Worldwide 2.7 billion people rely on traditional combustion of wood
and other biomass for cooking and heating with consequent indoor air pollution. The World Health Organization estimates that 3.5 million people die prematurely each year
for this reason.
In the small, mountain kingdom of Bhutan, the Dazin cooperative provides households with fuel and smokeless stoves
as an affordable, reliable and renewable cooking energy solution. Kinlay Dukpa, head of one of the beneficiary families said, “My family has cooked on an open fire
all of my life. We had to collect wood
every three days from the forest. The smoke
made us cough and irritated our eyes. Now, as member of Dazin, I only need to go to forest once a week and at the same time enjoy a smokeless cooking fire. I also like the taste of the food on the new stove!”
The households use leased stoves and “fuel cookies”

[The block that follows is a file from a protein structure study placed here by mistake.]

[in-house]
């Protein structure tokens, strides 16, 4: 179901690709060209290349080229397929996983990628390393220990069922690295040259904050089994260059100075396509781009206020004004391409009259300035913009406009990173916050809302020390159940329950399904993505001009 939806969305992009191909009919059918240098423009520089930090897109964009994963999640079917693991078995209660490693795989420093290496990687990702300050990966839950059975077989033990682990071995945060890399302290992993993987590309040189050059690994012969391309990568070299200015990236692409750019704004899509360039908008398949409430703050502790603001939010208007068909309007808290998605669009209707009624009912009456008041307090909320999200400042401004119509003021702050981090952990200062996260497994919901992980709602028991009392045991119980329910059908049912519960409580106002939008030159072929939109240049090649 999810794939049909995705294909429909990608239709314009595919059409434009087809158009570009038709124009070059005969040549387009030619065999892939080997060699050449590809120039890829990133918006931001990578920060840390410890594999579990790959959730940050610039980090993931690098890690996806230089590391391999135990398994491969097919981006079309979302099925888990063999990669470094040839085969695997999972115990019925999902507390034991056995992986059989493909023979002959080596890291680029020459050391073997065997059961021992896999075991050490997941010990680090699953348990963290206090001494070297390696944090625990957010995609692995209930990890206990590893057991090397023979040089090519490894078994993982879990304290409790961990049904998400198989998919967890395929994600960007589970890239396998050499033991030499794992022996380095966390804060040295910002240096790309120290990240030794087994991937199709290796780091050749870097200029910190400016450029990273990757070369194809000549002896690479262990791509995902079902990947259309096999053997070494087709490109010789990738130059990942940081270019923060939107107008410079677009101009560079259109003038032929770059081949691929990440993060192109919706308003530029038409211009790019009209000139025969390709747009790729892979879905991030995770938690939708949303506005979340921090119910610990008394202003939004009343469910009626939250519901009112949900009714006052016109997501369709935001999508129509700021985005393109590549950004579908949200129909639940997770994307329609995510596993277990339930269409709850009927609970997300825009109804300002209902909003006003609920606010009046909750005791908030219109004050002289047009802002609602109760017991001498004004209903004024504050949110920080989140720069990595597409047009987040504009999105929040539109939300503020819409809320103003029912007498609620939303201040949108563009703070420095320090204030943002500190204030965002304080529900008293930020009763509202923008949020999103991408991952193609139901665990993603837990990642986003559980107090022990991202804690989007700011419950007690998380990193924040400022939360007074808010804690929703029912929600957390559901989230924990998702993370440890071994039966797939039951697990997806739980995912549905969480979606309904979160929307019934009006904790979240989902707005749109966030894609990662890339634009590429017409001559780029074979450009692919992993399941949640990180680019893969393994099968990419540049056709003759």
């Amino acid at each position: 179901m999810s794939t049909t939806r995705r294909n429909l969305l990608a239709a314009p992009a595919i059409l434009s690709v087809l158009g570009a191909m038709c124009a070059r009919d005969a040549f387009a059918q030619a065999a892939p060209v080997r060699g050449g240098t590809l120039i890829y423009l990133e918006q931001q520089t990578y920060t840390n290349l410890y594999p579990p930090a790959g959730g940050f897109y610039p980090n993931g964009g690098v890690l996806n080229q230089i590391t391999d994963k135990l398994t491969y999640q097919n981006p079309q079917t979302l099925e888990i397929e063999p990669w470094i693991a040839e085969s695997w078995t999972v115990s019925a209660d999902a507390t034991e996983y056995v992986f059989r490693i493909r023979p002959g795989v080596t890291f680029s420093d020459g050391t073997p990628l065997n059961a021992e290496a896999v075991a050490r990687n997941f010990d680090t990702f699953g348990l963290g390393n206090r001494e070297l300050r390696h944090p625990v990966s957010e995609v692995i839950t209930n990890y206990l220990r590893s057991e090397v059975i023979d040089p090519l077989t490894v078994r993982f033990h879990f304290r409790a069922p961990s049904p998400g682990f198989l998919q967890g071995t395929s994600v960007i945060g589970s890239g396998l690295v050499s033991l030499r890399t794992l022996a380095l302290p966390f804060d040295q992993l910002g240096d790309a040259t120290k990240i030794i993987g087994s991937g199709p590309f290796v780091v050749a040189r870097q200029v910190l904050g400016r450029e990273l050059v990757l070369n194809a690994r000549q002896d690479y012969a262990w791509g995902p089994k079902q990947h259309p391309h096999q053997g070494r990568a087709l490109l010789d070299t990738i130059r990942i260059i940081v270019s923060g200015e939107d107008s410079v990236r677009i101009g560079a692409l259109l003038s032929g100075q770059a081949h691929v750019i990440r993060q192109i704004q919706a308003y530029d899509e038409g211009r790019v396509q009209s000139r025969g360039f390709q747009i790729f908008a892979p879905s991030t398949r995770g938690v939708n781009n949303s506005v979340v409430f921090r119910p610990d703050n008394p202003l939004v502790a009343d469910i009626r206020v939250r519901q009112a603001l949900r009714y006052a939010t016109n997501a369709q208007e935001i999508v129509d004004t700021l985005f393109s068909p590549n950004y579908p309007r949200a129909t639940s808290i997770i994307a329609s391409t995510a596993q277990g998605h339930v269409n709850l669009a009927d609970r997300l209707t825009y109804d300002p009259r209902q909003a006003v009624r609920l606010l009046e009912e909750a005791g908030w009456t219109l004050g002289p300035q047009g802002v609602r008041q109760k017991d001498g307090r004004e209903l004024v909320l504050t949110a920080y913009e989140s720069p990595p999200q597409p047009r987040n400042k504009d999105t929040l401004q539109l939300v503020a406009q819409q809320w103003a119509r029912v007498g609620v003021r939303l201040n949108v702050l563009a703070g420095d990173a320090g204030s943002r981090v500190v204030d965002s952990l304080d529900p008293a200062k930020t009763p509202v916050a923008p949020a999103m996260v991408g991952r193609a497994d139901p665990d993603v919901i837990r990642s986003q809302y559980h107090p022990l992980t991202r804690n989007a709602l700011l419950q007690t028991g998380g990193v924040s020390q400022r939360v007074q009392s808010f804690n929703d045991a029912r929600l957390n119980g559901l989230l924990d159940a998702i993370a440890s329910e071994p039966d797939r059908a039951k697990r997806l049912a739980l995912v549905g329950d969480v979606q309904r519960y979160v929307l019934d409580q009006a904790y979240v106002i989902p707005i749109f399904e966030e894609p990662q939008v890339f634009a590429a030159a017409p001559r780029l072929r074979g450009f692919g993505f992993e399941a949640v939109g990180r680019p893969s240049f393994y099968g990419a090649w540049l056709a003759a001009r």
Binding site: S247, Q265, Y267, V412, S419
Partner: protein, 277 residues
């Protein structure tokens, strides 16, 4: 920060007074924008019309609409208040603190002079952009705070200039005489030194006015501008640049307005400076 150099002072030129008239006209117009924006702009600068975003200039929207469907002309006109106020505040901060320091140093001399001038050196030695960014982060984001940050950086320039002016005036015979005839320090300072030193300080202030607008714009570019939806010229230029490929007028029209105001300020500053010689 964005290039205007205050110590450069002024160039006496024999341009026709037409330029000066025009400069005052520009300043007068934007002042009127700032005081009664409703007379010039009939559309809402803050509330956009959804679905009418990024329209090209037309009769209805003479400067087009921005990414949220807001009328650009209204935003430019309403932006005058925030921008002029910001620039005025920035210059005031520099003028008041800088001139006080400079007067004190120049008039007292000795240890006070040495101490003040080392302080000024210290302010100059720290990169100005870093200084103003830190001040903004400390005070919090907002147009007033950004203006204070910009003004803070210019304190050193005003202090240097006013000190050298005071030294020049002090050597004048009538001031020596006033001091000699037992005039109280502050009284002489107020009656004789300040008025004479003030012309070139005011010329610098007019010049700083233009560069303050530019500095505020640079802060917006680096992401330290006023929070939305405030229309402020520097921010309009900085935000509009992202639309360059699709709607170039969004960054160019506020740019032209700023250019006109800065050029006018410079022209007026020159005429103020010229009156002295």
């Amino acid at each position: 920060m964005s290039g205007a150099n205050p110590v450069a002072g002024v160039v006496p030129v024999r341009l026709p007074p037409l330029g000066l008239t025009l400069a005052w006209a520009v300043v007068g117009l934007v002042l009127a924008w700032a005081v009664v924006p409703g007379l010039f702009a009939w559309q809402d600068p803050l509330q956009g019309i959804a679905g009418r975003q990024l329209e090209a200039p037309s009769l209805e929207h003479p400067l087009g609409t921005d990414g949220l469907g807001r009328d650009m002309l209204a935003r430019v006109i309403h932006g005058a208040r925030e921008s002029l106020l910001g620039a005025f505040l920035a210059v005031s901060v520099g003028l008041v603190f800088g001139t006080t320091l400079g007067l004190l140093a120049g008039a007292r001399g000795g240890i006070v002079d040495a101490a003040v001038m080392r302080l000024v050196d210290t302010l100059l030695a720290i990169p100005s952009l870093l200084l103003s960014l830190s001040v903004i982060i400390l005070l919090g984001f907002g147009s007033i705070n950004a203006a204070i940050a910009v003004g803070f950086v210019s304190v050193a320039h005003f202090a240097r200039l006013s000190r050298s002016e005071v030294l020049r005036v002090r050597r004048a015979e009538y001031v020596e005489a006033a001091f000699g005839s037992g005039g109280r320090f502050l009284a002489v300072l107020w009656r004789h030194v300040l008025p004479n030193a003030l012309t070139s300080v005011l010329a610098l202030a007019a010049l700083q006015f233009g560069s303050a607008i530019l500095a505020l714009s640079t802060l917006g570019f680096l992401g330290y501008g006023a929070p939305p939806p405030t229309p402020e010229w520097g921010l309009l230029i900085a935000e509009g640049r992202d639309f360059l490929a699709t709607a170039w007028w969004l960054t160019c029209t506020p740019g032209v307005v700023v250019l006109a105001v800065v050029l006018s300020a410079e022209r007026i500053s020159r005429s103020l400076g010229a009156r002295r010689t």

(small and efficient briquettes made by compressing forestry wood waste) received in exchange for forestry wood waste
, collected and delivered to Dazin’s collection points.
Tshering Tumang, an asthma patient said “We couldn’t afford to use LPG gas regularly for cooking and the doctor had advised me to stay away from open fire smoke. The clean cooking
has improved my life: no more smoke, black walls and eye irritation. We are saving $3 every month because we don’t have to go to the city to purchase gas. I can also cook more quickly than before.”
Due to the efficiency of stoves and briquettes
a surplus quantity of briquettes is created and may be sold in cities: the income is enough to distribute the remainder in rural areas for free
and to cover wood processing machinery costs in local factories.
Nearly 300 people are benefiting from this project and the number is increasing day by day. Dazin
(a Bhutan social enterprise)